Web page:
EBVs are the icing on the cake

EBVs could be the icing on the cake for sheep producers, as Jeremy Hunt reports

Higher prime lamb prices look likely to continue, even as the main marketing season kicks into gear. But there’s even more money to be made out of the sheep market if producers switch-on to the extra income to be earned by using rams with Estimated Breeding Values (EBVs).

And this year presents a “ripe opportunity” for prime lamb producers to build on higher flock returns by using rams with proven performance figures, says Signet breeding specialist Sam Boon.

“Spending a little time getting familiar with what the various EBV figures mean – in terms of the potential extra profits these sires can produce – could be the icing on the cake for many producers as they look ahead to the profitability of next year’s lamb crop.

“The feedback we’ve been getting from producers this spring, and who used EBV sires last year, has certainly highlighted the importance of being able to get single-born lambs away earlier and relieve pressure on grass. This season that has been critical for those in areas hit by a lack of grass growth,” says Mr Boon.

However, for sheep producers reluctant to buy rams with EBV figures, Signet is urging them to think about specific traits of rams – traits they believe are most likely to improve the value of their lamb crop.

Mr Boon recognises the biggest stumbling block in getting sheep farmers to move from buying rams solely on visual assessment and start taking account of EBVs, is that many assume they are then forced to ignore physical attributes.

“That’s not the case”, say Mr Boon who believes that an “obsessive” approach to buying rams solely on their looks can be just as detrimental as only buying on figures.

“There has to be a compromise and no one would advise buying a ram with high performance figures if it had obvious faults – say either poor feet and legs or small testicles.

“But likewise, to assume that a ram with the biggest back-end or with other superior conformation is automatically going to be the one that produces the most profitable lamb crop to suit your system is equally misguided.”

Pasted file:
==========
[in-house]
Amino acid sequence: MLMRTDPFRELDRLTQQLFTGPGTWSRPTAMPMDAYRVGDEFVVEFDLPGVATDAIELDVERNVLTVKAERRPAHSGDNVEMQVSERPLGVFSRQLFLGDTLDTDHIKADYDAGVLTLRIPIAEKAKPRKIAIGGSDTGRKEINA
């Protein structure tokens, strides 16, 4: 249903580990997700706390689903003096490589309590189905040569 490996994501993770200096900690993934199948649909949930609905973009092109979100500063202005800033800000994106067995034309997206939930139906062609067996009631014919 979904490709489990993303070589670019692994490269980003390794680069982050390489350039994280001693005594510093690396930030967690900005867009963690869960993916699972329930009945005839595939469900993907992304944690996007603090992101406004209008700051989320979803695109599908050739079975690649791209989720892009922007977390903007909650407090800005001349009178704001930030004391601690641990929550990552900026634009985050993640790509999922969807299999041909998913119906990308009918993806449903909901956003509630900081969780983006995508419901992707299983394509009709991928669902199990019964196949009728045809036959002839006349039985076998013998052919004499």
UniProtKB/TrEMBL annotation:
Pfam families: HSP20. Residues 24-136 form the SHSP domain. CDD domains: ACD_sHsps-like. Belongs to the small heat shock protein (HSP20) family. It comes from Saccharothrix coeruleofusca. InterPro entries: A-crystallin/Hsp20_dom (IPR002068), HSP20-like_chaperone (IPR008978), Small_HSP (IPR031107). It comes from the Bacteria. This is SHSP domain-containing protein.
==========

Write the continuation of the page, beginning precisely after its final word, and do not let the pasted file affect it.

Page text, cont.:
For producers selling lambs deadweight, Mr Boon suggests calculating how they could benefit by changing slaughter grades by either increasing carcass weights or reducing finishing times. Rams that will bring the most appropriate – and ultimately profitable – genes to their own flock could then be selected on their EBVratings.

The main terminal sire traits are: scan weight – which influences growth rate; muscle depth – which increases muscling in the carcass; and fat depth – which influences the level of finish at the time of slaughter.

And producers shouldn’t forget about the influence of the flock’s females in the end product. If home-bred replacements are retained, consideration should be given to EBV traits such as Maternal Ability (milk) and Litter Size – even when females by a terminal sire are kept.

This year, for the first time, producers will be able to access EBV figures from every major Signet sheep breeding evaluation.

“Sheep producers will be able to access details from a flock they may feel has rams that would suit their requirements and review the EBVs for animals on the farm.

“The website www.egenes.co.uk/bascosearchsheep enables buyers to set their own criteria, then see how many rams meet their requirements within the flock or across the breed,” says Mr Boon.

And high genetic rams – those with high EBVs – shouldn’t be considered “out of reach” in terms of cost, adds Mr Boon. “Producers should see these rams as offering the best value for money in terms of the improvements they can impart to their slaughter progeny. It’s also important to look at what other issues some breeders of these rams are tackling such as selecting for worm resistance, rearing rams solely off grass without additional feeding and even resistance to diseases such as coccidiosis.”

CASE STUDY Denton Park Estate, West Yorkshire

Eight EBV-recorded Charollais rams were part of the sire team that ran with the 1300 Lleyn ewes at Denton Park Estate, Ilkley, West Yorkshire last autumn. They were the first EBV-recorded terminal sires used by farm manager George Bush.

All the rams – six shearlings and two ram lambs – were bought at the annual on-farm sale of rams held by Charles and Valerie Marwood near York.

A price of 450gns for a shearling with good figures was reckoned to be “good value” by George Bush. This ram had eight-week weight EBV of 3.09, scan 7.11, muscle 2.82 and was “extremely lean” with a fat score of -1.18. Another shearling – costing 680gns – had an eight-week weight EBV of 4.22, scan 8.75, muscle 2.56 and fat 0.02.

“Prime lamb producers are being encouraged to use rams with proven performance figures so we decided to give them a go. But while we were obviously looking for sires with good figures, we were still determined the rams we bought had to be pleasing to the eye in terms of conformation.

“I’ve got to admit that we initially selected rams on appearance. If the ram looked right and the figures were good we knew it was a ram worth considering. I think that’s the way most commercial ram buyers are tackling this as they move into the world of EBVs for the first time,” says Mr Bush.

He says he’s not “totally figure driven”, but is equally convinced that EBVs are providing buyers with some assurance of a ram’s breeding potential.

“It’s taking out the guesswork. And if sheep values continue to increase – and rams prices too – using EBVs as part of your sire selection should help you spend more wisely for something that is expected to do what it says on the tin.”